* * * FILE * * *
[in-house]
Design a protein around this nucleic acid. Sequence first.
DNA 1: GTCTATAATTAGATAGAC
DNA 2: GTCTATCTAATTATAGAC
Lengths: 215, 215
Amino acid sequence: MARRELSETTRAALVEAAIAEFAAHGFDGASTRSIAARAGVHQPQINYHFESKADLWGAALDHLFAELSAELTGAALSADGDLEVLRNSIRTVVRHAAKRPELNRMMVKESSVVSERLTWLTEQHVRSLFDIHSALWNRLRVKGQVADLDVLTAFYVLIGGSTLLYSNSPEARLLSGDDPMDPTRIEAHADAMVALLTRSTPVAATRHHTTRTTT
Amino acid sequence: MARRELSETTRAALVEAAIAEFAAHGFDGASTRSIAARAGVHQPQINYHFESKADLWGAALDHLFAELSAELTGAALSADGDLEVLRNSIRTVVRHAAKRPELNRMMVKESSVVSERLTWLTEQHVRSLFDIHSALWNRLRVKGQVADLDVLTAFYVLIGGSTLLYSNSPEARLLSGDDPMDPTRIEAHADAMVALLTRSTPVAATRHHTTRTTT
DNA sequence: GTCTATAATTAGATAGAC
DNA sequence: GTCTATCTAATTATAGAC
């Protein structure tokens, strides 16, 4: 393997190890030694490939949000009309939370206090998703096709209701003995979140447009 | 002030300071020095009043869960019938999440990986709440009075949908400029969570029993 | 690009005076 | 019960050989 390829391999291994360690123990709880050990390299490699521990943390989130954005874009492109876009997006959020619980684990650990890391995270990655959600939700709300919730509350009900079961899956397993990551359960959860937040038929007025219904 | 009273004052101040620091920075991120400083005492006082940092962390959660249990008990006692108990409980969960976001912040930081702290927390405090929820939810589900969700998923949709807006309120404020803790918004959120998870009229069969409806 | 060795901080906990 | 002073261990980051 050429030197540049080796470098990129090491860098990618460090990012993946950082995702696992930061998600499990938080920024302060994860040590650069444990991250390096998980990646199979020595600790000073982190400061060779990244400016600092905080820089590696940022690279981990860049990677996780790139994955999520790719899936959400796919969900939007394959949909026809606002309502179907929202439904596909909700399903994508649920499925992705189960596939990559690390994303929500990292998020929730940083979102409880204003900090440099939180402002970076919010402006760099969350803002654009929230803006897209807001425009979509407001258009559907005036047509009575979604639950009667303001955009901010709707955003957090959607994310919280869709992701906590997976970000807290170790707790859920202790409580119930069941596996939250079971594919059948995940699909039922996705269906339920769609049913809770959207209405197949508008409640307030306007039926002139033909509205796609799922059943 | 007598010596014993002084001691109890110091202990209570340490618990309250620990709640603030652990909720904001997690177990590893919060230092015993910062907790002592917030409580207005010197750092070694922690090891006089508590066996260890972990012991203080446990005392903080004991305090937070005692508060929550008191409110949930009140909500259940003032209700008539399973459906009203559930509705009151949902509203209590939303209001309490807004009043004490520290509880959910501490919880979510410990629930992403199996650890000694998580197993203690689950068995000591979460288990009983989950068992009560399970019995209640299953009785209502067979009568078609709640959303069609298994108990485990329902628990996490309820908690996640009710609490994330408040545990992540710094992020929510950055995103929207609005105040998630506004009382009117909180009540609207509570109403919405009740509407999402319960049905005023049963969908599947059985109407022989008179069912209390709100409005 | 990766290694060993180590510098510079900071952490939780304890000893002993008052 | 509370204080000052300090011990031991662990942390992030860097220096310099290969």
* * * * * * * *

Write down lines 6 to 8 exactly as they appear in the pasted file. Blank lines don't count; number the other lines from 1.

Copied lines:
Amino acid sequence: MARRELSETTRAALVEAAIAEFAAHGFDGASTRSIAARAGVHQPQINYHFESKADLWGAALDHLFAELSAELTGAALSADGDLEVLRNSIRTVVRHAAKRPELNRMMVKESSVVSERLTWLTEQHVRSLFDIHSALWNRLRVKGQVADLDVLTAFYVLIGGSTLLYSNSPEARLLSGDDPMDPTRIEAHADAMVALLTRSTPVAATRHHTTRTTT
Amino acid sequence: MARRELSETTRAALVEAAIAEFAAHGFDGASTRSIAARAGVHQPQINYHFESKADLWGAALDHLFAELSAELTGAALSADGDLEVLRNSIRTVVRHAAKRPELNRMMVKESSVVSERLTWLTEQHVRSLFDIHSALWNRLRVKGQVADLDVLTAFYVLIGGSTLLYSNSPEARLLSGDDPMDPTRIEAHADAMVALLTRSTPVAATRHHTTRTTT
DNA sequence: GTCTATAATTAGATAGAC